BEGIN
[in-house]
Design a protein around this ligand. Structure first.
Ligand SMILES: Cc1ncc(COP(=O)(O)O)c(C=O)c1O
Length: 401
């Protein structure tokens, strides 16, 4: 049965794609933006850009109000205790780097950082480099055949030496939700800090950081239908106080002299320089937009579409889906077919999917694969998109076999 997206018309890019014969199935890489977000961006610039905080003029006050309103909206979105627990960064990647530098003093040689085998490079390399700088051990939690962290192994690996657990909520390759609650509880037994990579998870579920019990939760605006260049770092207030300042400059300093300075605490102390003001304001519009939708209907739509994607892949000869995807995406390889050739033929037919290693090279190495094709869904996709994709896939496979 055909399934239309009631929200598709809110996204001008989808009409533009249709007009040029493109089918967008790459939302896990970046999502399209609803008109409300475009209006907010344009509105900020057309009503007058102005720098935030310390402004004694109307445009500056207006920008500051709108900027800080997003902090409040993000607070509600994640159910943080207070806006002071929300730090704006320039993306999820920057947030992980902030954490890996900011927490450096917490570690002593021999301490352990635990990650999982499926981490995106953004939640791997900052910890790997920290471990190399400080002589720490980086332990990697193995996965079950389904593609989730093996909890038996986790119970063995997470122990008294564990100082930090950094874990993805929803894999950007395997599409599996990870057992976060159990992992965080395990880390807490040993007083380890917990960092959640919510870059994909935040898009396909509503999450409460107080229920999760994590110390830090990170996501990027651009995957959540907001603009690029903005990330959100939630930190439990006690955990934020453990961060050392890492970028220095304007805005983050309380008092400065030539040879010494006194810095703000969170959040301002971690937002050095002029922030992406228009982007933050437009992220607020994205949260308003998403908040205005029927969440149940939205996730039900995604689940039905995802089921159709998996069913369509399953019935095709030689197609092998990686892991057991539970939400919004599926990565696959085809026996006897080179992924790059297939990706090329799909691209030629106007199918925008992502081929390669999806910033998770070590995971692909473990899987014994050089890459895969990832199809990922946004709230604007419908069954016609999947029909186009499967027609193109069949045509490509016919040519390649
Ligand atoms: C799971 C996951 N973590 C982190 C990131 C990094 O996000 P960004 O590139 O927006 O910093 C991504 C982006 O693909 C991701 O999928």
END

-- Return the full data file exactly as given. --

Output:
[in-house]
Design a protein around this ligand. Structure first.
Ligand SMILES: Cc1ncc(COP(=O)(O)O)c(C=O)c1O
Length: 401
């Protein structure tokens, strides 16, 4: 049965794609933006850009109000205790780097950082480099055949030496939700800090950081239908106080002299320089937009579409889906077919999917694969998109076999 997206018309890019014969199935890489977000961006610039905080003029006050309103909206979105627990960064990647530098003093040689085998490079390399700088051990939690962290192994690996657990909520390759609650509880037994990579998870579920019990939760605006260049770092207030300042400059300093300075605490102390003001304001519009939708209907739509994607892949000869995807995406390889050739033929037919290693090279190495094709869904996709994709896939496979 055909399934239309009631929200598709809110996204001008989808009409533009249709007009040029493109089918967008790459939302896990970046999502399209609803008109409300475009209006907010344009509105900020057309009503007058102005720098935030310390402004004694109307445009500056207006920008500051709108900027800080997003902090409040993000607070509600994640159910943080207070806006002071929300730090704006320039993306999820920057947030992980902030954490890996900011927490450096917490570690002593021999301490352990635990990650999982499926981490995106953004939640791997900052910890790997920290471990190399400080002589720490980086332990990697193995996965079950389904593609989730093996909890038996986790119970063995997470122990008294564990100082930090950094874990993805929803894999950007395997599409599996990870057992976060159990992992965080395990880390807490040993007083380890917990960092959640919510870059994909935040898009396909509503999450409460107080229920999760994590110390830090990170996501990027651009995957959540907001603009690029903005990330959100939630930190439990006690955990934020453990961060050392890492970028220095304007805005983050309380008092400065030539040879010494006194810095703000969170959040301002971690937002050095002029922030992406228009982007933050437009992220607020994205949260308003998403908040205005029927969440149940939205996730039900995604689940039905995802089921159709998996069913369509399953019935095709030689197609092998990686892991057991539970939400919004599926990565696959085809026996006897080179992924790059297939990706090329799909691209030629106007199918925008992502081929390669999806910033998770070590995971692909473990899987014994050089890459895969990832199809990922946004709230604007419908069954016609999947029909186009499967027609193109069949045509490509016919040519390649
Ligand atoms: C799971 C996951 N973590 C982190 C990131 C990094 O996000 P960004 O590139 O927006 O910093 C991504 C982006 O693909 C991701 O999928």